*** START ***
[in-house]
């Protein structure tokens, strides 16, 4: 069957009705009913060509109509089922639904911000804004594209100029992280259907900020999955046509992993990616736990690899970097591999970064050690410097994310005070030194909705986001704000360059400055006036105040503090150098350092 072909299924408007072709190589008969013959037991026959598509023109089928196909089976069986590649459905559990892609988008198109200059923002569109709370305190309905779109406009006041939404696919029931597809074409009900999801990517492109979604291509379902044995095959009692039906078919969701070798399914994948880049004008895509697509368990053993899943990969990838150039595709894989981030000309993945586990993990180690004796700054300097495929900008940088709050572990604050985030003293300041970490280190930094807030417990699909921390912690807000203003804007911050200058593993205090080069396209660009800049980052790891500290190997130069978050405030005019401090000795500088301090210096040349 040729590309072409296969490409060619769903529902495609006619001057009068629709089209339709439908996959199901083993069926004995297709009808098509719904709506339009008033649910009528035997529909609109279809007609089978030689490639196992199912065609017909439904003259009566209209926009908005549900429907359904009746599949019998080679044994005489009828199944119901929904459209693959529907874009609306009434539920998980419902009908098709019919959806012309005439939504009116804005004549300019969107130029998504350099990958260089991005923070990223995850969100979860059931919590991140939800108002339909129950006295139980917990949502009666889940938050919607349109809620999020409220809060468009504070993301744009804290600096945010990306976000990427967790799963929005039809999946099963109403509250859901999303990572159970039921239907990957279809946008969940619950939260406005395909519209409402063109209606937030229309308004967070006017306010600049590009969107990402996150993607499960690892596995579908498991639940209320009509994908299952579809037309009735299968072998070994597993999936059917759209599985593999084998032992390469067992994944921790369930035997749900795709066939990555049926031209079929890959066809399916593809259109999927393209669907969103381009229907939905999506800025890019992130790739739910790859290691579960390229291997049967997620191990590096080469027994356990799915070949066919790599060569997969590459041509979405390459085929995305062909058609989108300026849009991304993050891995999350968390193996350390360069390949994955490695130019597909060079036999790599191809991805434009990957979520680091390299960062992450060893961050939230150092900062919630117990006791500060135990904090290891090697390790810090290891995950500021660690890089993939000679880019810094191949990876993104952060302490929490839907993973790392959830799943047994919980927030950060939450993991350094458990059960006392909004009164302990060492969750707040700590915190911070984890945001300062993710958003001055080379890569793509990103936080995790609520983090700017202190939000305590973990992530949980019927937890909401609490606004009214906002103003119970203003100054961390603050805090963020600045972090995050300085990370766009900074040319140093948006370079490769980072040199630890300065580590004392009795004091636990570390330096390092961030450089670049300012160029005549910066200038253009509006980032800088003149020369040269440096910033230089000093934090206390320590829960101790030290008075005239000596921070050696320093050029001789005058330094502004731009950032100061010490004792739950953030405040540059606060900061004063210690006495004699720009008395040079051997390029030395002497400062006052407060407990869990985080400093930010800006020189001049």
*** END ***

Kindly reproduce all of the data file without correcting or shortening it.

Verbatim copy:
[in-house]
């Protein structure tokens, strides 16, 4: 069957009705009913060509109509089922639904911000804004594209100029992280259907900020999955046509992993990616736990690899970097591999970064050690410097994310005070030194909705986001704000360059400055006036105040503090150098350092 072909299924408007072709190589008969013959037991026959598509023109089928196909089976069986590649459905559990892609988008198109200059923002569109709370305190309905779109406009006041939404696919029931597809074409009900999801990517492109979604291509379902044995095959009692039906078919969701070798399914994948880049004008895509697509368990053993899943990969990838150039595709894989981030000309993945586990993990180690004796700054300097495929900008940088709050572990604050985030003293300041970490280190930094807030417990699909921390912690807000203003804007911050200058593993205090080069396209660009800049980052790891500290190997130069978050405030005019401090000795500088301090210096040349 040729590309072409296969490409060619769903529902495609006619001057009068629709089209339709439908996959199901083993069926004995297709009808098509719904709506339009008033649910009528035997529909609109279809007609089978030689490639196992199912065609017909439904003259009566209209926009908005549900429907359904009746599949019998080679044994005489009828199944119901929904459209693959529907874009609306009434539920998980419902009908098709019919959806012309005439939504009116804005004549300019969107130029998504350099990958260089991005923070990223995850969100979860059931919590991140939800108002339909129950006295139980917990949502009666889940938050919607349109809620999020409220809060468009504070993301744009804290600096945010990306976000990427967790799963929005039809999946099963109403509250859901999303990572159970039921239907990957279809946008969940619950939260406005395909519209409402063109209606937030229309308004967070006017306010600049590009969107990402996150993607499960690892596995579908498991639940209320009509994908299952579809037309009735299968072998070994597993999936059917759209599985593999084998032992390469067992994944921790369930035997749900795709066939990555049926031209079929890959066809399916593809259109999927393209669907969103381009229907939905999506800025890019992130790739739910790859290691579960390229291997049967997620191990590096080469027994356990799915070949066919790599060569997969590459041509979405390459085929995305062909058609989108300026849009991304993050891995999350968390193996350390360069390949994955490695130019597909060079036999790599191809991805434009990957979520680091390299960062992450060893961050939230150092900062919630117990006791500060135990904090290891090697390790810090290891995950500021660690890089993939000679880019810094191949990876993104952060302490929490839907993973790392959830799943047994919980927030950060939450993991350094458990059960006392909004009164302990060492969750707040700590915190911070984890945001300062993710958003001055080379890569793509990103936080995790609520983090700017202190939000305590973990992530949980019927937890909401609490606004009214906002103003119970203003100054961390603050805090963020600045972090995050300085990370766009900074040319140093948006370079490769980072040199630890300065580590004392009795004091636990570390330096390092961030450089670049300012160029005549910066200038253009509006980032800088003149020369040269440096910033230089000093934090206390320590829960101790030290008075005239000596921070050696320093050029001789005058330094502004731009950032100061010490004792739950953030405040540059606060900061004063210690006495004699720009008395040079051997390029030395002497400062006052407060407990869990985080400093930010800006020189001049």